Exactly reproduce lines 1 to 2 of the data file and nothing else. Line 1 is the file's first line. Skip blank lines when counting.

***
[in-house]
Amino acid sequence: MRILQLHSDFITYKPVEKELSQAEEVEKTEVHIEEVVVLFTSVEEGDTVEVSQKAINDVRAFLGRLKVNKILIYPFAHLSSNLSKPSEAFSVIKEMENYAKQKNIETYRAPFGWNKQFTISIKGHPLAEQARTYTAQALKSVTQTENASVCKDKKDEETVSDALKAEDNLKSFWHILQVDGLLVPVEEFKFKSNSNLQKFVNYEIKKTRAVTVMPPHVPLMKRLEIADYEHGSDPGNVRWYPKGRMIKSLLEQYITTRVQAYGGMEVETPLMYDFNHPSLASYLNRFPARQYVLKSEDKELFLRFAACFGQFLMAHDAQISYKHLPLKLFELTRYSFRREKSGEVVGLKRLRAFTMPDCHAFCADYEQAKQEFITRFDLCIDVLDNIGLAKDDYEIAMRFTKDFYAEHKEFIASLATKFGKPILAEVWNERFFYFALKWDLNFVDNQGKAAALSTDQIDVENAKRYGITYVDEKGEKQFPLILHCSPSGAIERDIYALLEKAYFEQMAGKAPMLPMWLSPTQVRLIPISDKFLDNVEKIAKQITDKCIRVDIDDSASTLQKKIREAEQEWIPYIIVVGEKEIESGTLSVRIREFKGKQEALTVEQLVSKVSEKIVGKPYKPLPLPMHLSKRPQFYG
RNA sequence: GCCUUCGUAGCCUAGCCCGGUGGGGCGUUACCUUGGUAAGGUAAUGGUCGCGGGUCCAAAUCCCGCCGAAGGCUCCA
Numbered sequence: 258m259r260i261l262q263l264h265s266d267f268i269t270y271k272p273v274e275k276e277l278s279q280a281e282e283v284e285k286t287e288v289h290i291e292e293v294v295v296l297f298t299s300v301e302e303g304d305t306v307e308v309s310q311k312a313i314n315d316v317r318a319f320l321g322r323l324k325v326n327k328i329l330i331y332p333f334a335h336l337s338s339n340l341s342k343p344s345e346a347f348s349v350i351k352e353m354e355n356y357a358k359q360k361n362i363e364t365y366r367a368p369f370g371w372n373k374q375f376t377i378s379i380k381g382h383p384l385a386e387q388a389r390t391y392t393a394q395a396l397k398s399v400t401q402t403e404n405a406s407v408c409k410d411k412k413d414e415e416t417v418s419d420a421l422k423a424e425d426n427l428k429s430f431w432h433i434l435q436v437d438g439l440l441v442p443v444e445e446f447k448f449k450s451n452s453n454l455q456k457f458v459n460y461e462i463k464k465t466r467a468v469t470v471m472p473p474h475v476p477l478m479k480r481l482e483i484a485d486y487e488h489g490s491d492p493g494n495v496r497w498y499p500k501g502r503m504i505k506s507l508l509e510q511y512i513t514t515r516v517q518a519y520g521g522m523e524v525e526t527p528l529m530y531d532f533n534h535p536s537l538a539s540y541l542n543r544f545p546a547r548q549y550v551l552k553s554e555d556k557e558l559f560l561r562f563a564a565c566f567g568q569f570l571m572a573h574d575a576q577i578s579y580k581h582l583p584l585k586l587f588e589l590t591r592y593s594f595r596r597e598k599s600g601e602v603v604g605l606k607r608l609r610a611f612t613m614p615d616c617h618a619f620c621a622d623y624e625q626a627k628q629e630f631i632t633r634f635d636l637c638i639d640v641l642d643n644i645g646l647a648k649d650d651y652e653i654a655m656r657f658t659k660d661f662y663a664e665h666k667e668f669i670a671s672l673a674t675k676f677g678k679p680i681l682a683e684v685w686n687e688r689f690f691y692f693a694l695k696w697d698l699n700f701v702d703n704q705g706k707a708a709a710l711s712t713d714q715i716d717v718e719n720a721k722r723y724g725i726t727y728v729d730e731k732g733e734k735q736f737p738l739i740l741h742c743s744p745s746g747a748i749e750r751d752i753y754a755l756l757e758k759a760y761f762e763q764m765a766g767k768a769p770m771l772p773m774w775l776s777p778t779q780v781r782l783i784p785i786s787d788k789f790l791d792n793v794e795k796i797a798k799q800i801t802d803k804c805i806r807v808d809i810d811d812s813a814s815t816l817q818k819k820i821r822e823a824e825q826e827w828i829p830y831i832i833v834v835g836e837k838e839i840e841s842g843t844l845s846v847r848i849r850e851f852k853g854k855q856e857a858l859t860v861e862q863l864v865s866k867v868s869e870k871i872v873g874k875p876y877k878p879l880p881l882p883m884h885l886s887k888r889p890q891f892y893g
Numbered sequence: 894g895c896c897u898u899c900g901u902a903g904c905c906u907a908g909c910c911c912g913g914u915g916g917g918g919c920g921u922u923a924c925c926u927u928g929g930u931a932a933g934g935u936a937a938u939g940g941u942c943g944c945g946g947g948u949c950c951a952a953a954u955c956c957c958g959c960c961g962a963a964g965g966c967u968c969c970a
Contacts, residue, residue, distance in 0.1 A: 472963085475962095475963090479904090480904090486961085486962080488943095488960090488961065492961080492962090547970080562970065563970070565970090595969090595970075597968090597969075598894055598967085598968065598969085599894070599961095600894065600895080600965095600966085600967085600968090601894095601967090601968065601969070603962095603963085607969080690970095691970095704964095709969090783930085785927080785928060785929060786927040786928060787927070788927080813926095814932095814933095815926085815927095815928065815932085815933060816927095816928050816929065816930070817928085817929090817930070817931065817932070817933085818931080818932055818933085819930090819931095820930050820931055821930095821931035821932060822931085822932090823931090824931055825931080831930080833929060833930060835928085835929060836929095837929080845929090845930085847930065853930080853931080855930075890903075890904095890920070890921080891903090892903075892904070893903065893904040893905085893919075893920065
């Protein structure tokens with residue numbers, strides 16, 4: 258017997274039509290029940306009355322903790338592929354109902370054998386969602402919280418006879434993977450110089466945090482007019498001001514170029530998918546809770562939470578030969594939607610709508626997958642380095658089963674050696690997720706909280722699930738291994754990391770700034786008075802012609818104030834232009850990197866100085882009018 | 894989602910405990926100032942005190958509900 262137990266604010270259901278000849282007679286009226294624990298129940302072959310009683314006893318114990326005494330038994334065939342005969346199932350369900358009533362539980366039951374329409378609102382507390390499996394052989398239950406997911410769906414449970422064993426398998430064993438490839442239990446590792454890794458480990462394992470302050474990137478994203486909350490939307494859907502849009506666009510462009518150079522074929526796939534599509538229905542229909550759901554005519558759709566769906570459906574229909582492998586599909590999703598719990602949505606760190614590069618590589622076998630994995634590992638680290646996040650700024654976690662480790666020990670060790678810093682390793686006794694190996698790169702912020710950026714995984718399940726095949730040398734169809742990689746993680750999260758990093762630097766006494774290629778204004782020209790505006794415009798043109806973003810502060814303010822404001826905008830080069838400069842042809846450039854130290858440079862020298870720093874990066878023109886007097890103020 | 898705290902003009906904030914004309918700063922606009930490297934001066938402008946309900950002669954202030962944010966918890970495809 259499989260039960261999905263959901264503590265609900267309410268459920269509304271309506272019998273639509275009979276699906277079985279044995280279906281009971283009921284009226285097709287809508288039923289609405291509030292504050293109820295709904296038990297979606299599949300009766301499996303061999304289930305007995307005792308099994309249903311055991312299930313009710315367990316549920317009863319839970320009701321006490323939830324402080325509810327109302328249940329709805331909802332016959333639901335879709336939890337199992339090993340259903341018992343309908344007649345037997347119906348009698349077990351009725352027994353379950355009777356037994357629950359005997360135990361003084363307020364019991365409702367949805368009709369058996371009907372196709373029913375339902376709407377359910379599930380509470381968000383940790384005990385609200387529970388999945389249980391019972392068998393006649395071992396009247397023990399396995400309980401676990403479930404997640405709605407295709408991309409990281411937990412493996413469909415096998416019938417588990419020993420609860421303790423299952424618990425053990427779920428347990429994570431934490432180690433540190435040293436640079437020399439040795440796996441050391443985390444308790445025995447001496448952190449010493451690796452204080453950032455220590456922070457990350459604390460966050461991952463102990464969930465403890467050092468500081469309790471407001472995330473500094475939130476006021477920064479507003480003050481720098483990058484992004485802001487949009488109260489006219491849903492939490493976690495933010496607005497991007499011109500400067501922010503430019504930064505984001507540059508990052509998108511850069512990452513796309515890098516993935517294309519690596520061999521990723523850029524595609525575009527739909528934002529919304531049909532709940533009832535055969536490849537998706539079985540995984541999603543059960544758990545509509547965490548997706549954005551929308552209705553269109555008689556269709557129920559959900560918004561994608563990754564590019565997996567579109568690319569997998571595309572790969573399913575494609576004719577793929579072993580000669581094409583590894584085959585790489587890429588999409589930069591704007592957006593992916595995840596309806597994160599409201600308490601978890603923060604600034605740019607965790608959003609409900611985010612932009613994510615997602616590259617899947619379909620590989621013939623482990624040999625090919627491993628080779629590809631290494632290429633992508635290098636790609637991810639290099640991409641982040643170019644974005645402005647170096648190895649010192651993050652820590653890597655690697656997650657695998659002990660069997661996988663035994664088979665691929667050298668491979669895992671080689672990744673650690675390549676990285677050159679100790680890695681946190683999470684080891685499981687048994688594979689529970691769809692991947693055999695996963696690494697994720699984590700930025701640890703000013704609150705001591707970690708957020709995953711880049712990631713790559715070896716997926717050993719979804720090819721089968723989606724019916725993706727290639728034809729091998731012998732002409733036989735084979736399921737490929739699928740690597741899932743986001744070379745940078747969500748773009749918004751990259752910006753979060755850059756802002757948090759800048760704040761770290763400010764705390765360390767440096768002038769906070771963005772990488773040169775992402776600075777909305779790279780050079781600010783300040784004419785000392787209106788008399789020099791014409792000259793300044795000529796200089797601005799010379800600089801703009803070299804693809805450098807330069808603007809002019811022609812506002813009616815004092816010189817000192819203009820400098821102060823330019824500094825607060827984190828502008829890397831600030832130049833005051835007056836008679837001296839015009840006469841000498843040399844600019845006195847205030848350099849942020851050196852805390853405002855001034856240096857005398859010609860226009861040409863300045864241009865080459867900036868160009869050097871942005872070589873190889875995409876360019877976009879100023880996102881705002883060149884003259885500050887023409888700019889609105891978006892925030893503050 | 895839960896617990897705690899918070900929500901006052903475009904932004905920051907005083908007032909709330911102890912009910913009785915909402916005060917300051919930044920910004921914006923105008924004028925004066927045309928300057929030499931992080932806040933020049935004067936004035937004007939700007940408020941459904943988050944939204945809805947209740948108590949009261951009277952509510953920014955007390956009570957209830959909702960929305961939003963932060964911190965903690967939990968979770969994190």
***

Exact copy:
[in-house]
Amino acid sequence: MRILQLHSDFITYKPVEKELSQAEEVEKTEVHIEEVVVLFTSVEEGDTVEVSQKAINDVRAFLGRLKVNKILIYPFAHLSSNLSKPSEAFSVIKEMENYAKQKNIETYRAPFGWNKQFTISIKGHPLAEQARTYTAQALKSVTQTENASVCKDKKDEETVSDALKAEDNLKSFWHILQVDGLLVPVEEFKFKSNSNLQKFVNYEIKKTRAVTVMPPHVPLMKRLEIADYEHGSDPGNVRWYPKGRMIKSLLEQYITTRVQAYGGMEVETPLMYDFNHPSLASYLNRFPARQYVLKSEDKELFLRFAACFGQFLMAHDAQISYKHLPLKLFELTRYSFRREKSGEVVGLKRLRAFTMPDCHAFCADYEQAKQEFITRFDLCIDVLDNIGLAKDDYEIAMRFTKDFYAEHKEFIASLATKFGKPILAEVWNERFFYFALKWDLNFVDNQGKAAALSTDQIDVENAKRYGITYVDEKGEKQFPLILHCSPSGAIERDIYALLEKAYFEQMAGKAPMLPMWLSPTQVRLIPISDKFLDNVEKIAKQITDKCIRVDIDDSASTLQKKIREAEQEWIPYIIVVGEKEIESGTLSVRIREFKGKQEALTVEQLVSKVSEKIVGKPYKPLPLPMHLSKRPQFYG